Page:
This Sony KP-53S35 rear projection television is over 21 years old and we’re going to pull it apart. The aim is to get parts for future projects that are difficult (or unreasonably expensive) to buy on their own. Plus a few auxiliary items because it’s easy to get them at the same time. The “shopping list” sorted by size are:
- A large Fresnel lens that’s a core part of the main screen.
- The large front-surface mirror reflecting picture onto screen.
- Lens assemblies on picture tubes.
- Caster wheels.
Since this might get messy, the doomed TV was moved out to the driveway for dissection. The rear service panel is the obvious place to start. [mle_makes] has taken apart many RPTVs and was recruited as expert guide to the process. [amybaldwindev] has not taken many things apart before and is here to learn.
With the service panel removed, we can see the heart of the TV: picture tube and electronics driving them. The rest of a RPTV is basically empty space.
Next to be removed was the large rear mirror. I was a little disappointed to find this was an ordinary rear-surface mirror, not a front-surface mirror as I had hoped for. Still, it has many future project possibilities.
The largest two circuit boards were mounted on a tray that could slide out for servicing, giving us a better look at the heart of the machine. Aside from some beefy-looking heat sinks, there is little desire for whatever’s on these non-HDTV circuit boards. They’ll be stashed away and likely disposed in electronics waste disposal in the future.
Old age made the circuit boards uninteresting, but old age made the picture tubes novel. They were removed next, and their focusing lens assemblies removed.
With the lens assemblies removed, we can see the picture tube behind a liquid cooling assembly. We knew to expect three tubes: one each for red, green, and blue. And it wasn’t too surprising to see color imparted by colored lenses. What’s puzzling is the fact the red and green tubes got colored lenses…. but the blue one did not. Do these tubes emit blue by default?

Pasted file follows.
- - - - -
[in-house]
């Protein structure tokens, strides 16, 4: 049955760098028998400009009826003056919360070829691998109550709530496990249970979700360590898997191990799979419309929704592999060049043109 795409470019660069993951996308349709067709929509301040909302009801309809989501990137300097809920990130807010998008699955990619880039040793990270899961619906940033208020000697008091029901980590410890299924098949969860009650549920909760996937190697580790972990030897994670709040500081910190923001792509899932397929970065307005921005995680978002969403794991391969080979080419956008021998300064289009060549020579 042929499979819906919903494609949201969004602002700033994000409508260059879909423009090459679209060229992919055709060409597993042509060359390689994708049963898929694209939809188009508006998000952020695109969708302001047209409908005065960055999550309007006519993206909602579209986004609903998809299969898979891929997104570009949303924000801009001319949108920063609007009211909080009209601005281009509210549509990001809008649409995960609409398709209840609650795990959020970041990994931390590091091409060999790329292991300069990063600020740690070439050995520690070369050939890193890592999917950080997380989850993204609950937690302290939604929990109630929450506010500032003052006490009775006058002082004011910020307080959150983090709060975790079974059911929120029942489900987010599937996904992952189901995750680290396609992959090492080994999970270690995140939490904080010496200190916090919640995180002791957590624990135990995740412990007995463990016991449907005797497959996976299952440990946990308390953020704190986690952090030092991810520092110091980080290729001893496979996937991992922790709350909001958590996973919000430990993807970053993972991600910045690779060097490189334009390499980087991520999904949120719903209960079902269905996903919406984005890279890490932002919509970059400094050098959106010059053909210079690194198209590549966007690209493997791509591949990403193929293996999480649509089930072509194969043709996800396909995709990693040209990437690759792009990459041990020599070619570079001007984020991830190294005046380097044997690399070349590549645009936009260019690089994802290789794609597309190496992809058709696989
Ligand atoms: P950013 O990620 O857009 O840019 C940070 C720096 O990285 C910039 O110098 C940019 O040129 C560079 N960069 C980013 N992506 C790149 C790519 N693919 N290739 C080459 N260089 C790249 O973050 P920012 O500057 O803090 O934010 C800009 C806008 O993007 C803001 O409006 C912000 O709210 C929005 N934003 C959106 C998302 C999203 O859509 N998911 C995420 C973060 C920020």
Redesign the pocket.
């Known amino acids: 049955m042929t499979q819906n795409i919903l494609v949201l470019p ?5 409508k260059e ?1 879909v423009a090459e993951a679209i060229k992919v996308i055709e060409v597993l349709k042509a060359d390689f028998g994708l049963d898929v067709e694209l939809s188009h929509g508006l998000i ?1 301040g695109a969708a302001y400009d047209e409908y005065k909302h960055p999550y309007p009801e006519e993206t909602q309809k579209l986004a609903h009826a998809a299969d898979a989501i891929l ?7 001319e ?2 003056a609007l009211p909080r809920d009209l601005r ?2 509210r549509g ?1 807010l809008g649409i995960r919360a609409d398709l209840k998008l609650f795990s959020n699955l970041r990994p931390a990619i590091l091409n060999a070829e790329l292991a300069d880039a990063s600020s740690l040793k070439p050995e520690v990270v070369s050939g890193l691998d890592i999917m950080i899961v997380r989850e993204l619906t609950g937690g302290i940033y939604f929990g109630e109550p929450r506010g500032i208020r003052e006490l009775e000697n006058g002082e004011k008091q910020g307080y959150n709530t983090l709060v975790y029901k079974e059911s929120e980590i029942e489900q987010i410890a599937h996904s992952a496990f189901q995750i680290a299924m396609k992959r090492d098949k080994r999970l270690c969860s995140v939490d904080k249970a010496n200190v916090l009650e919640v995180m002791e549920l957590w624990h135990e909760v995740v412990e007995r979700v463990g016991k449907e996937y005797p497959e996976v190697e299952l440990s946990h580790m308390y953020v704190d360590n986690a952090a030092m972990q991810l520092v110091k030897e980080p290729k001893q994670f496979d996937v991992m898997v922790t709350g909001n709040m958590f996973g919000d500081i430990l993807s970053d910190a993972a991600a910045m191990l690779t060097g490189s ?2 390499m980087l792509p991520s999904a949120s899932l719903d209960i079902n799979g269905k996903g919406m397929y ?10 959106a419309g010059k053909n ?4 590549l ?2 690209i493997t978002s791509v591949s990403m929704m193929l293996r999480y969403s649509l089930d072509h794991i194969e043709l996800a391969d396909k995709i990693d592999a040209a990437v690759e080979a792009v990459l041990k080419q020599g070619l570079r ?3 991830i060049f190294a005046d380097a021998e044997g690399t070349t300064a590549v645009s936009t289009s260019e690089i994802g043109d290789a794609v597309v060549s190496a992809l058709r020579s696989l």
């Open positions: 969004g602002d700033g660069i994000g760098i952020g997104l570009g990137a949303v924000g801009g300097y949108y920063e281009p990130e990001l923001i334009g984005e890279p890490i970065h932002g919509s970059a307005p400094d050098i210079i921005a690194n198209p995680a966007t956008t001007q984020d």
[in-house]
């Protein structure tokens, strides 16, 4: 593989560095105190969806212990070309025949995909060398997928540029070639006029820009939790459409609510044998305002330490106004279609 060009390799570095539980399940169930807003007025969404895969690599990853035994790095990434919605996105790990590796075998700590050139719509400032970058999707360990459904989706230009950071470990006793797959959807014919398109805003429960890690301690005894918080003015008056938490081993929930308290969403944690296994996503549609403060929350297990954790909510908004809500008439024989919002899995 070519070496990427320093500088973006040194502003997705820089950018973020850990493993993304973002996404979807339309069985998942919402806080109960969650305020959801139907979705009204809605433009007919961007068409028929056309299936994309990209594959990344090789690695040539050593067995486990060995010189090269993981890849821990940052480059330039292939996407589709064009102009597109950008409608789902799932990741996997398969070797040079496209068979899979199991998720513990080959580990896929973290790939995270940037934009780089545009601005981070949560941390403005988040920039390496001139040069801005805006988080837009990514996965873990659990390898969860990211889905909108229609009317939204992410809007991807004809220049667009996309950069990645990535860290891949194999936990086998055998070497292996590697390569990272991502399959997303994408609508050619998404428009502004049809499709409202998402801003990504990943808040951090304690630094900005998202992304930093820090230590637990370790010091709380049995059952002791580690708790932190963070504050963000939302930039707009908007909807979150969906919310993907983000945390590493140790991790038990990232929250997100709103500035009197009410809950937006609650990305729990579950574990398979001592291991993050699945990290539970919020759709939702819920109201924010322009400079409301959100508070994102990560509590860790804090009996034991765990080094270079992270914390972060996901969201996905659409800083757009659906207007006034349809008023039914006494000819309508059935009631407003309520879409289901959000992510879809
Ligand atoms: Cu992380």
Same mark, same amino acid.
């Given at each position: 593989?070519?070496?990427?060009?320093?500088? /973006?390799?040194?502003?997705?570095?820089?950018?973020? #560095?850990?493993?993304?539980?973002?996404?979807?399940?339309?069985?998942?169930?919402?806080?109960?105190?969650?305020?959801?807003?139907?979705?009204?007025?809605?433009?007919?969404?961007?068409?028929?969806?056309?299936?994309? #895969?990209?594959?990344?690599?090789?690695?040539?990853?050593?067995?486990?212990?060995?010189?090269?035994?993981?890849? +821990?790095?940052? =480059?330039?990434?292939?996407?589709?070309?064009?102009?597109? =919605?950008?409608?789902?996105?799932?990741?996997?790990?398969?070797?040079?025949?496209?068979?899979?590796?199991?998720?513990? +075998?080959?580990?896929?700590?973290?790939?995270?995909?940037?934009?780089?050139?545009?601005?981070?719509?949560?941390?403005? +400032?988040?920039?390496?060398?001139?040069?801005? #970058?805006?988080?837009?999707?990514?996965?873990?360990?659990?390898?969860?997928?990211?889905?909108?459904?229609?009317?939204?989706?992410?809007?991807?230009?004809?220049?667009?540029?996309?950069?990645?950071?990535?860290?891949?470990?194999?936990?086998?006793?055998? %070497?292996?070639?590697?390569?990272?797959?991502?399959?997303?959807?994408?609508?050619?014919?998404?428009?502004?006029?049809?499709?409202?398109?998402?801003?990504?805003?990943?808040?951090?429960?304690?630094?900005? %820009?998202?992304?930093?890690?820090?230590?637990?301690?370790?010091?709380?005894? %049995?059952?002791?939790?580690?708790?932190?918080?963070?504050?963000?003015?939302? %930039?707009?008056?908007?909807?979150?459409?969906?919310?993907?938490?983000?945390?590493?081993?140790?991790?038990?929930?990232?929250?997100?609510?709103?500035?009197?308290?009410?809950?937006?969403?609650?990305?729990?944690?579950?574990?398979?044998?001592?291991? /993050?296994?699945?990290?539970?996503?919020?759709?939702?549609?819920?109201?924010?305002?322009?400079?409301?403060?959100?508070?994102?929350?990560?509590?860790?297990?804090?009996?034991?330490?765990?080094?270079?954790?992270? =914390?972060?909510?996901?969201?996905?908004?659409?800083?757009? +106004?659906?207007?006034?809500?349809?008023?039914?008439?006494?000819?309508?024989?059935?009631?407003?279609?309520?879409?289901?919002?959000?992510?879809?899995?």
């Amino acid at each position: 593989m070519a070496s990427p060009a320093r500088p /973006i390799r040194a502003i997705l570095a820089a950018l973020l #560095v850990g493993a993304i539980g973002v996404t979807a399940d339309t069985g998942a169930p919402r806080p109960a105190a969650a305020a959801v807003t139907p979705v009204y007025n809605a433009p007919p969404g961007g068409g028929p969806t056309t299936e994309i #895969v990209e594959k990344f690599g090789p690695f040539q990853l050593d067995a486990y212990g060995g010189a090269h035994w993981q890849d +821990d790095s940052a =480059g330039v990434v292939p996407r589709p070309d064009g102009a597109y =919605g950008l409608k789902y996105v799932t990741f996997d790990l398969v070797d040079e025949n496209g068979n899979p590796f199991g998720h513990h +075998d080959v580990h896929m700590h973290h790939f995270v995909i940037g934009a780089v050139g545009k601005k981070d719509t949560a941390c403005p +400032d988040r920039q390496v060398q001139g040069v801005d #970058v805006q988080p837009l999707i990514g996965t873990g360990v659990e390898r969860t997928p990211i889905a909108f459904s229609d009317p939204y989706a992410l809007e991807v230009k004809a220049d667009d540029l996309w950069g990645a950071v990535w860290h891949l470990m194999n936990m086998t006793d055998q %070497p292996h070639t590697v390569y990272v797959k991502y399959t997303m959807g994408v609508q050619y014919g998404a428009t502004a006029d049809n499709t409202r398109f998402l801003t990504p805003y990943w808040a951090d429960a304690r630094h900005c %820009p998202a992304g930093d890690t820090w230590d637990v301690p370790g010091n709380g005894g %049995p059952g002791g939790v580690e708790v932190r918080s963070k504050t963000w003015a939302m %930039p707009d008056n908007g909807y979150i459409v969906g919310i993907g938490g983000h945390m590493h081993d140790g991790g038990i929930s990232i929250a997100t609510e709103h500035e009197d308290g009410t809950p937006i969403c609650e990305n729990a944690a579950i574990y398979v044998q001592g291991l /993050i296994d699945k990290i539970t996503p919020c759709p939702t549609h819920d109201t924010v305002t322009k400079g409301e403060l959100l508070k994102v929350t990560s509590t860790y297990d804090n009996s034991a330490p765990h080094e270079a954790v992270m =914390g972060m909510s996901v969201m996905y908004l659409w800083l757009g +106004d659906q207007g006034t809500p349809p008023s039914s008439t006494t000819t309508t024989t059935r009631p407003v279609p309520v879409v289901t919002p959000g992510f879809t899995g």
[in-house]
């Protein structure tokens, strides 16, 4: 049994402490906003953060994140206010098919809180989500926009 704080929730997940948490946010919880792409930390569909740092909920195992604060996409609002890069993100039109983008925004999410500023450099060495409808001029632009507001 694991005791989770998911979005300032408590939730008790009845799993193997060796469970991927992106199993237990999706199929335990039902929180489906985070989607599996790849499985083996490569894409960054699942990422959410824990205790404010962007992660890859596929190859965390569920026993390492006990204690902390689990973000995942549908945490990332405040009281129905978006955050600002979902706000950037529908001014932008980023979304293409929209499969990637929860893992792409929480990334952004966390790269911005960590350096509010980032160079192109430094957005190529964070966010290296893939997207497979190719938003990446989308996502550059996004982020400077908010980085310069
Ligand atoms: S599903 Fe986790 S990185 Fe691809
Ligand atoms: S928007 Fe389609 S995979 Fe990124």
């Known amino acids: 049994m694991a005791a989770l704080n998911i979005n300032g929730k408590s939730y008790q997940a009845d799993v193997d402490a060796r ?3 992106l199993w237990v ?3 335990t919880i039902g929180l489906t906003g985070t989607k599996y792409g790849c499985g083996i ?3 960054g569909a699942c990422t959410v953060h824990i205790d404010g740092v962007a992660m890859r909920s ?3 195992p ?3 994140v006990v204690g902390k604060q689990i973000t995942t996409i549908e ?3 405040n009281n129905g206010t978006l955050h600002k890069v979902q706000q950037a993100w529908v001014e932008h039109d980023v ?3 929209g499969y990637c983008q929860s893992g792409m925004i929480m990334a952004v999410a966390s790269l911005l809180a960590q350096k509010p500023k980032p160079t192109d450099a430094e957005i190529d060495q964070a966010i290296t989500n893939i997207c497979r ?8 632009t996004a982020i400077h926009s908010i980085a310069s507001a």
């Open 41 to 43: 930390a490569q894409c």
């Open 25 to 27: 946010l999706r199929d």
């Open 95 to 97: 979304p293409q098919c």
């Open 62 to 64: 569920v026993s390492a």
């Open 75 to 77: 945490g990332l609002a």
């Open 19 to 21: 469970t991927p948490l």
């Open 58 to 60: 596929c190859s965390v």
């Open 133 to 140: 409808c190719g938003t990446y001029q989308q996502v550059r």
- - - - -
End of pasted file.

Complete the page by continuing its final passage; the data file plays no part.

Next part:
The three tubes are different in other ways: The red and green tubes had an extra circuit board on their control yokes, but the two boards are clearly different. In contrast, the blue tube had no circuit board on its control yoke at all.
Here’s how the three tubes (and their control yokes) were mounted in the case, which may be useful if they are to ever light up again.
The coolant (most likely ethylene glycol) in the chamber in front of all three tubes were drained into a glass jar for safe disposal. (Or potential reuse.) Once drained, the cooling assembly was removed to expose the picture tube face. Visible on each face is a burned-in rectangle representing 21 years of TV watching. Due to the geometry of the optical path, the tubes on either side had a trapezoidal pattern (visible here) and the center tube has a rectangular pattern.
These large powerful high-voltage tubes are not going to be used for their designed purpose in the future, but the glass work is beautiful and I hope to find an aesthetic way to display them. All the components were stripped off the glass vessel.
It’s a bit of a shame, as the wiring in the control yoke has aesthetics of their own.
With all the components packed away, it was time to break down the cabinet. It is mostly built from injection-molded polystrene and should be recyclable.
This is where a reciprocating saw (the Harbor Freight knockoff of a Sawzall) became very handy.
At the end of the day, a big bulky RPTV has disappeared. Its desirable components were packed for reuse, hazardous components were packed for safe disposal, and the remaining cabinet pieces broken up for household waste/recycling.
Yet to come: giving these salvaged parts new life.